This was first published in March 22, 2008 Armenian Reporter
U.S. official sees return of democratic momentum
Expects specific OSCE proposals to strengthen Karabakh cease-fire
WASHINGTON – Deputy Assistant Secretary Matthew Bryza has been the U.S. State Department’s point man for relations with Armenia, Azerbaijan, Cyprus, Georgia, Greece, and Turkey since 2005; from 2001 to 2005 he held a similar portfolio at the National Security Council. He is also the U.S. co-chair for the Karabakh mediation effort under the aegis of the Organization for Security and Cooperation in Europe (OSCE).
On March 20 Mr. Bryza discussed the most recent developments in Armenia with the Armenian Reporter’s Washington editor Emil Sanamyan.
“Fair and balanced” Karabakh deal within reach
Reporter: On March 19 Foreign Minister Vartan Oskanian was reported by RFE/RL as saying that Azerbaijan is “trying to start, through the OSCE Secretariat, a process of the dissolution of the Minsk Group,” which has led international mediation in Karabakh since 1992. Can you confirm that such an effort is underway?
Bryza: I know there has been an inquiry from the Azerbaijani mission to the OSCE about what would be the procedures were any country to wish to withdraw from the Minsk Group. But I do not know about anything that went beyond an inquiry.
So when I read Mr. Oskanian’s statement it was news to me, and I have not seen confirmation that the Azerbaijani effort had in fact moved that far.
Reporter: We have also heard from the Azerbaijani ambassador Vilayat Guliyev that the Minsk Group that you co-chair with the French and the Russians has been “useless” and its approach to the conflict “tendentious and one-sided,” as day.az reported on March 19.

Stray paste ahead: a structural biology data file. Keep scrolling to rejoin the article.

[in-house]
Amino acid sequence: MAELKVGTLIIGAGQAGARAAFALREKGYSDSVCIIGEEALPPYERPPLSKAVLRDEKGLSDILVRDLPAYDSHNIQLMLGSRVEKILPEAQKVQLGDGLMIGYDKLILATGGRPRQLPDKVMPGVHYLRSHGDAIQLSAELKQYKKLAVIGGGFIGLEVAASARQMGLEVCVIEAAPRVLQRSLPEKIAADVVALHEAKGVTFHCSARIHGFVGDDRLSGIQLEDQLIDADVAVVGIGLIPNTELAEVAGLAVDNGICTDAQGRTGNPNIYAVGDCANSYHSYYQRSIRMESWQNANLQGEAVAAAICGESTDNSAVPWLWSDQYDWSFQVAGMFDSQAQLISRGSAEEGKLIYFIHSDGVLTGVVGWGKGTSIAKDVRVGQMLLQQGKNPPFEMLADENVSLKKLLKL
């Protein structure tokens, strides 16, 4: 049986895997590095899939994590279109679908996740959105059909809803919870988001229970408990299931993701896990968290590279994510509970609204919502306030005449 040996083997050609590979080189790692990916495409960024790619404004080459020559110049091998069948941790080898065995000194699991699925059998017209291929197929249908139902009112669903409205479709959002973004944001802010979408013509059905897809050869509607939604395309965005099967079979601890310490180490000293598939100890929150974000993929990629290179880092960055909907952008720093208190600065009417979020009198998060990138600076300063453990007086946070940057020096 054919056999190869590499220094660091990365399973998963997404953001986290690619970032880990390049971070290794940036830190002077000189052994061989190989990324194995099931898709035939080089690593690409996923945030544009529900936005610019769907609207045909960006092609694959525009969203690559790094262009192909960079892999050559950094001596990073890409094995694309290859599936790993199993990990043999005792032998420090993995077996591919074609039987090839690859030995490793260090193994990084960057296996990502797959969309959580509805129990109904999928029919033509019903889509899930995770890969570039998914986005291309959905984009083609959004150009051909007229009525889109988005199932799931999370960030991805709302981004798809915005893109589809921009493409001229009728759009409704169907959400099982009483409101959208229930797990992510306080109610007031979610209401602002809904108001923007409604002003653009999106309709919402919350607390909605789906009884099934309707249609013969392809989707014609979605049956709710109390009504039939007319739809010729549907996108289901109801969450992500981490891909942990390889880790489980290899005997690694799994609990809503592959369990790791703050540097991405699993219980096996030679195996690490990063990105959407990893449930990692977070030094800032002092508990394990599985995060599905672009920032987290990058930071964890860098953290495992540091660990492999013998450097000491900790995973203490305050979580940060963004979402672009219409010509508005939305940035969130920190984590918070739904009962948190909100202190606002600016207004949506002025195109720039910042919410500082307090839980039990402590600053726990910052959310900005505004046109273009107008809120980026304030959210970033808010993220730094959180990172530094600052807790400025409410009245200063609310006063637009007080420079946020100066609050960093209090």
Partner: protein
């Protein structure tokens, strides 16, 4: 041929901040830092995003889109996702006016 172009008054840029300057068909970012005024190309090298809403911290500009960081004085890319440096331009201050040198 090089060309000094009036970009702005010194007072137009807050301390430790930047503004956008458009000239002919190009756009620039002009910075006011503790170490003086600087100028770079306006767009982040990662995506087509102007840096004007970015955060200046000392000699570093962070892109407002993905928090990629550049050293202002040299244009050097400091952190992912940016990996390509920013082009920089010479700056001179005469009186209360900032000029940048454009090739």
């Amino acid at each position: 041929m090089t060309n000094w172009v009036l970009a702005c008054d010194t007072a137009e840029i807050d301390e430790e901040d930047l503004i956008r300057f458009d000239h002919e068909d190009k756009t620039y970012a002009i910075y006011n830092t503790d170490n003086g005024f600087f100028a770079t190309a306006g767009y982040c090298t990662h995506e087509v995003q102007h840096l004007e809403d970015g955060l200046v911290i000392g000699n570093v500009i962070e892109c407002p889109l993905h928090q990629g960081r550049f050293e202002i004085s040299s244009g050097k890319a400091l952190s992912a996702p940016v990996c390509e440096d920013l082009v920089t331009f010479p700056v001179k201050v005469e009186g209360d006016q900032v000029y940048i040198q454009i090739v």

Overall, there seems to be an effort by Azerbaijan to pressure the co-chair countries in the wake of the United Nations General Assembly (UN GA) vote on March 14(see story on page A3). What is happening there?
Bryza: Ambassador Guliyev, with all due respect, is not participating in negotiations under the Minsk Group and I would presume is not aware of the details of what is on the table.
And what is on the table is a fair and balanced compromise that includes elements that are attractive to Azerbaijan, an interpretation of which was cited in the UN GA resolution, but there are also many elements that are very attractive to Armenia that were not cited in that resolution.
So I do not think that any of the people that are out there criticizing the Minsk Group proposals are aware of what is really in the proposal.
Reporter: The Minsk Group statement on March 19 suggested resuming presidential-level negotiations as soon as possible. Do you expect a meeting between Armenia’s president-elect Serge Sargsian and Azerbaijani President Ilham Aliyev during the upcoming NATO summit in Romania, which both plan to attend? What would be the agenda for such a meeting?
Bryza: What we said is that it would be useful for there to be a meeting between the presidents as soon as they are ready to meet. I do not know when that is going to happen. It could be [at the NATO summit] or just after that.